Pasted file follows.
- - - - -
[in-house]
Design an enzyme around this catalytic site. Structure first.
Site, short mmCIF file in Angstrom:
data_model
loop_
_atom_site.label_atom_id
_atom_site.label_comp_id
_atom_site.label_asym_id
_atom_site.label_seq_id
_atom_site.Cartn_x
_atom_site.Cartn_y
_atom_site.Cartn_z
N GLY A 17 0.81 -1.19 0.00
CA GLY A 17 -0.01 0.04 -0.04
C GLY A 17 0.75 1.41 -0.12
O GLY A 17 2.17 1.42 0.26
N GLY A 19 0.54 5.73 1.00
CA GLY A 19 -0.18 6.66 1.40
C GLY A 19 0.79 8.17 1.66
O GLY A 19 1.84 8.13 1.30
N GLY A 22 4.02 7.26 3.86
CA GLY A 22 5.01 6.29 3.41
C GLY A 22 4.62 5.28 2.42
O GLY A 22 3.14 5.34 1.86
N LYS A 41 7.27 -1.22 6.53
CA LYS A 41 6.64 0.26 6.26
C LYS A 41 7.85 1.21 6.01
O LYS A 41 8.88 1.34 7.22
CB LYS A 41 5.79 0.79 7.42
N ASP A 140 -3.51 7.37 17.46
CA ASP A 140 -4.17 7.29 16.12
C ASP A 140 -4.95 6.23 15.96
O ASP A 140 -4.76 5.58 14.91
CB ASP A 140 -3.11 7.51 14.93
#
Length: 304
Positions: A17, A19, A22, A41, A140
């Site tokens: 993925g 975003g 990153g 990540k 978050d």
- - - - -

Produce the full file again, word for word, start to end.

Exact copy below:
[in-house]
Design an enzyme around this catalytic site. Structure first.
Site, short mmCIF file in Angstrom:
data_model
loop_
_atom_site.label_atom_id
_atom_site.label_comp_id
_atom_site.label_asym_id
_atom_site.label_seq_id
_atom_site.Cartn_x
_atom_site.Cartn_y
_atom_site.Cartn_z
N GLY A 17 0.81 -1.19 0.00
CA GLY A 17 -0.01 0.04 -0.04
C GLY A 17 0.75 1.41 -0.12
O GLY A 17 2.17 1.42 0.26
N GLY A 19 0.54 5.73 1.00
CA GLY A 19 -0.18 6.66 1.40
C GLY A 19 0.79 8.17 1.66
O GLY A 19 1.84 8.13 1.30
N GLY A 22 4.02 7.26 3.86
CA GLY A 22 5.01 6.29 3.41
C GLY A 22 4.62 5.28 2.42
O GLY A 22 3.14 5.34 1.86
N LYS A 41 7.27 -1.22 6.53
CA LYS A 41 6.64 0.26 6.26
C LYS A 41 7.85 1.21 6.01
O LYS A 41 8.88 1.34 7.22
CB LYS A 41 5.79 0.79 7.42
N ASP A 140 -3.51 7.37 17.46
CA ASP A 140 -4.17 7.29 16.12
C ASP A 140 -4.95 6.23 15.96
O ASP A 140 -4.76 5.58 14.91
CB ASP A 140 -3.11 7.51 14.93
#
Length: 304
Positions: A17, A19, A22, A41, A140
């Site tokens: 993925g 975003g 990153g 990540k 978050d």